Author + information
- Received July 9, 2017
- Revision received August 29, 2017
- Accepted September 11, 2017
- Published online February 26, 2018.
- Janet R. Manning, PhDa,b,
- Lakshman Chelvarajan, PhDc,
- Bryana M. Levitan, BAa,d,
- Catherine N. Withers, PhDb,
- Prabhakara R. Nagareddy, PhDe,
- Christopher M. Haggerty, PhDc,f,
- Brandon K. Fornwalt, MD, PhDc,f,
- Erhe Gao, MD, PhDg,
- Himi Tripathi, PhDc,
- Ahmed Abdel-Latif, MD, PhDc,d,
- Douglas A. Andres, PhDb and
- Jonathan Satin, PhDa,∗ ()
- aDepartment of Physiology, University of Kentucky, Lexington, Kentucky
- bDepartment of Biochemistry, University of Kentucky, Lexington, Kentucky
- cSaha Cardiovascular Research Center, Department of Medicine, University of Kentucky, Lexington, Kentucky
- dGill Heart and Vascular Institute, University of Kentucky, Lexington, Kentucky
- eDepartment of Nutrition Sciences, University of Alabama, Birmingham, Alabama
- fDepartment of Imaging Science and Innovation, Geisinger, Danville, Pennsylvania
- gCenter for Translational Medicine, Temple University School of Medicine, Philadelphia, Pennsylvania
- ↵∗Address for correspondence:
Dr. Jonathan Satin, Department of Physiology, MS-508, University of Kentucky College of Medicine, 800 Rose Street, Lexington, Kentucky 40536-0298.
• Rad-GTPase is an LTCC component that functions to govern calcium current in the myocardium.
• Deletion of Rad increases myocardial contractility secondary to increased trigger calcium entry.
• AMI induces heart failure, including reduced calcium homeostasis, but deletion of Rad prevents AMI myocardial calcium alterations.
• Rad deletion prevents post-MI scar spread by attenuating the inflammatory response.
• Future studies will explore whether Rad deletion is an effective therapeutic direction for providing combined safe, stable inotropic support to the failing heart in concert with protection against inflammatory signaling.
The protein Rad interacts with the L-type calcium channel complex to modulate trigger Ca2+ and hence to govern contractility. Reducing Rad levels increases cardiac output. Ablation of Rad also attenuated the inflammatory response following acute myocardial infarction. Future studies to target deletion of Rad in the heart could be conducted to establish a novel treatment paradigm whereby pathologically stressed hearts would be given safe, stable positive inotropic support without arrhythmias and without pathological structural remodeling. Future investigations will also focus on establishing inhibitors of Rad and testing the efficacy of Rad deletion in cardioprotection relative to the time of onset of acute myocardial infarction.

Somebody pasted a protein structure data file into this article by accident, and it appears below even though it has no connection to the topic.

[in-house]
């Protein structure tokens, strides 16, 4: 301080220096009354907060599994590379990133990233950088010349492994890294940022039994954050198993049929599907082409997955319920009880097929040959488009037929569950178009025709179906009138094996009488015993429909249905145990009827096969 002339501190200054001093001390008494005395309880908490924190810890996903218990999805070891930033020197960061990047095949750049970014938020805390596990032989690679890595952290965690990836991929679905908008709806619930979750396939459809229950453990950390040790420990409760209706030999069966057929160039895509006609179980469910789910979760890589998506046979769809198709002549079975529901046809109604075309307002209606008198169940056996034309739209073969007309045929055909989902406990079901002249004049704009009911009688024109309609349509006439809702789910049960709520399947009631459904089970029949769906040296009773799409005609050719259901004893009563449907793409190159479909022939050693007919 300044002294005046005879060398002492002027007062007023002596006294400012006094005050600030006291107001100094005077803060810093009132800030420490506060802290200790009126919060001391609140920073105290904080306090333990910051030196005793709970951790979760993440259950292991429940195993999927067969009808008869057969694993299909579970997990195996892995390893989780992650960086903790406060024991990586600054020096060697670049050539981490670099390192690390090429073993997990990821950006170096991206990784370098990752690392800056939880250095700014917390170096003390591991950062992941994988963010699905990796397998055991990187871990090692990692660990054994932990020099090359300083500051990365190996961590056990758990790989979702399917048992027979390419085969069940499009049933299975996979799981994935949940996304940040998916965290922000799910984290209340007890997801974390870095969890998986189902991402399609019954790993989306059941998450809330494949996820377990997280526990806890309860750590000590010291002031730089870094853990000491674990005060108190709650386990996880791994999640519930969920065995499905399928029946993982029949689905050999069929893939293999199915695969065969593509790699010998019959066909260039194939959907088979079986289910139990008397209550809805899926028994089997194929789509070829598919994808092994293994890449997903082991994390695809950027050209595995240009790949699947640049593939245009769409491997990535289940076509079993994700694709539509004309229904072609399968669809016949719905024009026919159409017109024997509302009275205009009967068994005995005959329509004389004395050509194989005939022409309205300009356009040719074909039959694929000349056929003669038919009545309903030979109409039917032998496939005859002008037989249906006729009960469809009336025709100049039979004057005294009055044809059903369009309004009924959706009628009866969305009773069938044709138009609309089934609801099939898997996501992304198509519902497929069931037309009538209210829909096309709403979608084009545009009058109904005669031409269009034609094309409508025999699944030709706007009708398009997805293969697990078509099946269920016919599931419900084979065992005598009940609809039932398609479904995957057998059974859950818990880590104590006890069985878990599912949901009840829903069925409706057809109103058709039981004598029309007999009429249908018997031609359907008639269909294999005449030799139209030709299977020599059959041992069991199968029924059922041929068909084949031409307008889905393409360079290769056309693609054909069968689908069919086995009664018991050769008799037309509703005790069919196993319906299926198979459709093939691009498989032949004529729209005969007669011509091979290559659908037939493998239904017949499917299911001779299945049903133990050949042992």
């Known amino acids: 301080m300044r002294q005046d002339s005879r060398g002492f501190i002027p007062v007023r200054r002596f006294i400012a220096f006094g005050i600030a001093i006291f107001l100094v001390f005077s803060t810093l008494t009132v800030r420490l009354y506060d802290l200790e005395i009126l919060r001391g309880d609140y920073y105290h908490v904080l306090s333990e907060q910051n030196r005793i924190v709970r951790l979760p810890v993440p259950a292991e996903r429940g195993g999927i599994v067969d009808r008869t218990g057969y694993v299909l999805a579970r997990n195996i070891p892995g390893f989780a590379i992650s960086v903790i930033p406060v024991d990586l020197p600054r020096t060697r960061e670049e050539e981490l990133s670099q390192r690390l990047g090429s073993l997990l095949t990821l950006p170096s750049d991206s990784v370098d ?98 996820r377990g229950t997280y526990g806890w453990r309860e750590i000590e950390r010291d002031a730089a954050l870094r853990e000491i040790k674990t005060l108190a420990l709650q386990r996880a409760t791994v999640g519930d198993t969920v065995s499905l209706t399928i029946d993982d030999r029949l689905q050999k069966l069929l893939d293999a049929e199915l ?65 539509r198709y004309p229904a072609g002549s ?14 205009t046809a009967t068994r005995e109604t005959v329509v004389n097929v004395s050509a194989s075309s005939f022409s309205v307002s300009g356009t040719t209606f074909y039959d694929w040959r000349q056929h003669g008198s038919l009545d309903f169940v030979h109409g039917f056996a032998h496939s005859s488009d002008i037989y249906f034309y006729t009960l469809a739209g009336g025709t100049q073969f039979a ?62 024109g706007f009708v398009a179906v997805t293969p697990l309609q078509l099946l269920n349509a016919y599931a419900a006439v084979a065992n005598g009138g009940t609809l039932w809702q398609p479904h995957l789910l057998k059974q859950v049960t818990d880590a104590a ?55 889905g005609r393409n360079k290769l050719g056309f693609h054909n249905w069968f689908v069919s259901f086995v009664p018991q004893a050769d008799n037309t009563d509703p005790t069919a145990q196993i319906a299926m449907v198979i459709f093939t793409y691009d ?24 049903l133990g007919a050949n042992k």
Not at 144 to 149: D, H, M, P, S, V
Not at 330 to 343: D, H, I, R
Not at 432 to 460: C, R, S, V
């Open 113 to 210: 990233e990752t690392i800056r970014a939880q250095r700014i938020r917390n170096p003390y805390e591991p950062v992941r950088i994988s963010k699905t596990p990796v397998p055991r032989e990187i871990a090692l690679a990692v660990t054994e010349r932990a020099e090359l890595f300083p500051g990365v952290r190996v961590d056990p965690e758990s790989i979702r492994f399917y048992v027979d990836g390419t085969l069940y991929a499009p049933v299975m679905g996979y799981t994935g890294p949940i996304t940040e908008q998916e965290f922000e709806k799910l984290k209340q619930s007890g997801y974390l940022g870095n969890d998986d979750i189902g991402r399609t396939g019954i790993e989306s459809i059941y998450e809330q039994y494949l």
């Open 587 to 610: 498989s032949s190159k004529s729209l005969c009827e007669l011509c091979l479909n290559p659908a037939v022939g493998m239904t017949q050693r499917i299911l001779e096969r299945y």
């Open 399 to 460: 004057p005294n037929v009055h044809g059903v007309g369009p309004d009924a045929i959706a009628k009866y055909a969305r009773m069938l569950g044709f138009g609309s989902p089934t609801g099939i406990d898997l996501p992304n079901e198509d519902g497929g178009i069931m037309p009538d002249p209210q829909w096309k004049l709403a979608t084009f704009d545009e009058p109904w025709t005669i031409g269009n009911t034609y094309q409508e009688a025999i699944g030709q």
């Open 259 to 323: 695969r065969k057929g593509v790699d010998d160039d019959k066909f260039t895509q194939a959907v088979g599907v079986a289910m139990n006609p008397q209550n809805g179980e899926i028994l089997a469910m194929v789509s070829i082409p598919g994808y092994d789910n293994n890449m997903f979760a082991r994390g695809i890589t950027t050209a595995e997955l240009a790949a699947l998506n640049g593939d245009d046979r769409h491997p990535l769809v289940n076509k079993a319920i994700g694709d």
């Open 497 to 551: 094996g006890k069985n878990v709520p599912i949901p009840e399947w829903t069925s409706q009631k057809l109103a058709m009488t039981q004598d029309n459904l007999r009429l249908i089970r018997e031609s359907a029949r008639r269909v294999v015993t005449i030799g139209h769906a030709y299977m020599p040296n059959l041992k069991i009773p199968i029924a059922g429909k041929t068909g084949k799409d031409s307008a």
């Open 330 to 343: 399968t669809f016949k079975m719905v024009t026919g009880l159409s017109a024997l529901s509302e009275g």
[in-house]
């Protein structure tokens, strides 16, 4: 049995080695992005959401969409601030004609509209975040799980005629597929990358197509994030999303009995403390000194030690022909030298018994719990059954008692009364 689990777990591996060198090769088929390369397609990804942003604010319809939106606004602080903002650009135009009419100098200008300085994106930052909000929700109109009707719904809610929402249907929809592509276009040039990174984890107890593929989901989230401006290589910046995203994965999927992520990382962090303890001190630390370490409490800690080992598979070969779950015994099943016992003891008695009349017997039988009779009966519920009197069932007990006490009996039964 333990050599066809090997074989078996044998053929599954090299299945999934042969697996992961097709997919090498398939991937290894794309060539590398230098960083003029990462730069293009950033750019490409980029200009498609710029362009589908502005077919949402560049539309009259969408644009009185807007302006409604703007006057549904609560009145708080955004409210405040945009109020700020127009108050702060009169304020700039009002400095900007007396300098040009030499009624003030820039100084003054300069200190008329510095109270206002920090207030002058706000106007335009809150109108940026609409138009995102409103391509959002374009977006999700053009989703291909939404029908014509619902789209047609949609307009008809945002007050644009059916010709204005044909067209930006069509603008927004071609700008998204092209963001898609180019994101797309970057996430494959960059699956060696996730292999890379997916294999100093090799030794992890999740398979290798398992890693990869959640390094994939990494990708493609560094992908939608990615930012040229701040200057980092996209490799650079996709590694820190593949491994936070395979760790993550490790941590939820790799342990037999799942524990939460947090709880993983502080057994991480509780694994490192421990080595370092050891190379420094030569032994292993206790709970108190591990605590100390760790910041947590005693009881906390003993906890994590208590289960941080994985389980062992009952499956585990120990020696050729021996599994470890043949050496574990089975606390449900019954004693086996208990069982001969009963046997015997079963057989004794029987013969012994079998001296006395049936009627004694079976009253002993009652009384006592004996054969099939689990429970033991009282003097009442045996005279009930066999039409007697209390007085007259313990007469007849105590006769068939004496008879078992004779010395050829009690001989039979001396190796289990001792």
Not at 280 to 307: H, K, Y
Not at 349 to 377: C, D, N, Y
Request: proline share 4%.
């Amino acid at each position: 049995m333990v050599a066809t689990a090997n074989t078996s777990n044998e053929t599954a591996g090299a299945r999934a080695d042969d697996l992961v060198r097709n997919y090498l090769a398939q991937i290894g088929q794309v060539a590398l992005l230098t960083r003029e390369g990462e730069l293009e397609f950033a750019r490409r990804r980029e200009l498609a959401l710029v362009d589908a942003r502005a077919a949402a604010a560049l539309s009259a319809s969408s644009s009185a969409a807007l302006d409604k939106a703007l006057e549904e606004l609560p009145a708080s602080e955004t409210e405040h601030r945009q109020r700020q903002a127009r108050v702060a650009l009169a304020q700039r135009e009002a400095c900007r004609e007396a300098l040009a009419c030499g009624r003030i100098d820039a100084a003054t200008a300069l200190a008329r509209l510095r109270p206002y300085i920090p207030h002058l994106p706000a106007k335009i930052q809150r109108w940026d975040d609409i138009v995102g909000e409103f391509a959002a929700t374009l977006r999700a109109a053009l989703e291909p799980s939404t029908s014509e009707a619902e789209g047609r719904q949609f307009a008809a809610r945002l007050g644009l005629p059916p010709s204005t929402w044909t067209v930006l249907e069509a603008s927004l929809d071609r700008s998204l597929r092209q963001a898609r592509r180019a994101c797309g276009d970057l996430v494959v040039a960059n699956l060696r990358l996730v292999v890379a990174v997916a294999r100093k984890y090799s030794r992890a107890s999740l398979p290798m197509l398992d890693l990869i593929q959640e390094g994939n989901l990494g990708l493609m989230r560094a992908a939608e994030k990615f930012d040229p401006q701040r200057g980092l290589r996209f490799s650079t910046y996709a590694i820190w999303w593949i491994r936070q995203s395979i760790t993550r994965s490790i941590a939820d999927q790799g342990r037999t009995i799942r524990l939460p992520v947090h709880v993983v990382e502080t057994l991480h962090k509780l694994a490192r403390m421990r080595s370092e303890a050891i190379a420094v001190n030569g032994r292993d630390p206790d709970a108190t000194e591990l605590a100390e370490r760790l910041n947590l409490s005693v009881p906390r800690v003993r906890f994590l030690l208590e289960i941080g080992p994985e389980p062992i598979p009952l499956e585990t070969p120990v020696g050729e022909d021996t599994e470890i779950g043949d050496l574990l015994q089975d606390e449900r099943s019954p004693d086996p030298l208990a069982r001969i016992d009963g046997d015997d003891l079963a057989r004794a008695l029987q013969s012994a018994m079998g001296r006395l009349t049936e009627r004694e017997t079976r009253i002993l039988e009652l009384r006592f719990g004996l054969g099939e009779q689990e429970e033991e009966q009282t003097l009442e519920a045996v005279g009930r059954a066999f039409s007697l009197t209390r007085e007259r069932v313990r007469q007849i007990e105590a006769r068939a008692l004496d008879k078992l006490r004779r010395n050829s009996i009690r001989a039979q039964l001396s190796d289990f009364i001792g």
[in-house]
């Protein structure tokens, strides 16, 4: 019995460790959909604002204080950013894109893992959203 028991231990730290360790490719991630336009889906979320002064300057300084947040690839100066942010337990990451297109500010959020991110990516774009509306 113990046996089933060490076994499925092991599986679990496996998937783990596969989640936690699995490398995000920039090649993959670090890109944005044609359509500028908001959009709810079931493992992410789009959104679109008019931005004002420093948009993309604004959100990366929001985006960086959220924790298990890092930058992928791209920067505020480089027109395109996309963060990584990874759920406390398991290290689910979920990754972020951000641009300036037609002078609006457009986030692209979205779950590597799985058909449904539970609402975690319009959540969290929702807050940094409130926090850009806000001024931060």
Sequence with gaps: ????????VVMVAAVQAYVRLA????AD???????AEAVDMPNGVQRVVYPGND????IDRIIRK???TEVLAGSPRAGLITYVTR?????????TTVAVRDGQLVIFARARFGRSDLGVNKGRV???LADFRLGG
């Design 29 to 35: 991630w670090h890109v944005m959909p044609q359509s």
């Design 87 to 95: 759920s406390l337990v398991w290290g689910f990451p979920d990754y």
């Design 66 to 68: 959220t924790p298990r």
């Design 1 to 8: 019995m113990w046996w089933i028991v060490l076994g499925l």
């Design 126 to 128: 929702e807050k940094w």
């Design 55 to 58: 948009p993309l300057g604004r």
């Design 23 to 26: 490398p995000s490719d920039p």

Dr. Manning has received grants from the American Heart Association (14POST20460224) and the NIH (F32HL126300). Dr. Withers has received an NIH grant (T32-HL0727423) and an NSF grant (DGE-1247392). Dr. Nagareddy has received an NIH grant (R00 HL22505). Dr. Abdel-Latif has received NIH grants (UK Cobre NIH P20 GM 103527 and NIH R56 HL124266). Drs. Withers and Andres has received the IDeA award 8 P20 GM103527. Drs. Andres and Satin have received grants from the NIH (R56HL131782) and the American Heart Association (GRNT27790094). Dr. Andres has received a UK Research Professorship. Dr. Satin has received an NIH grant (R01 HL074091). All other authors have reported that they have no relationships relevant to the contents of this paper to disclose.
All authors attest they are in compliance with human studies committees and animal welfare regulations of the authors’ institutions and Food and Drug Administration guidelines, including patient consent where appropriate. For more information, visit the JACC: Basic to Translational Science author instructions page.
- Received July 9, 2017.
- Revision received August 29, 2017.
- Accepted September 11, 2017.
- 2018 The Authors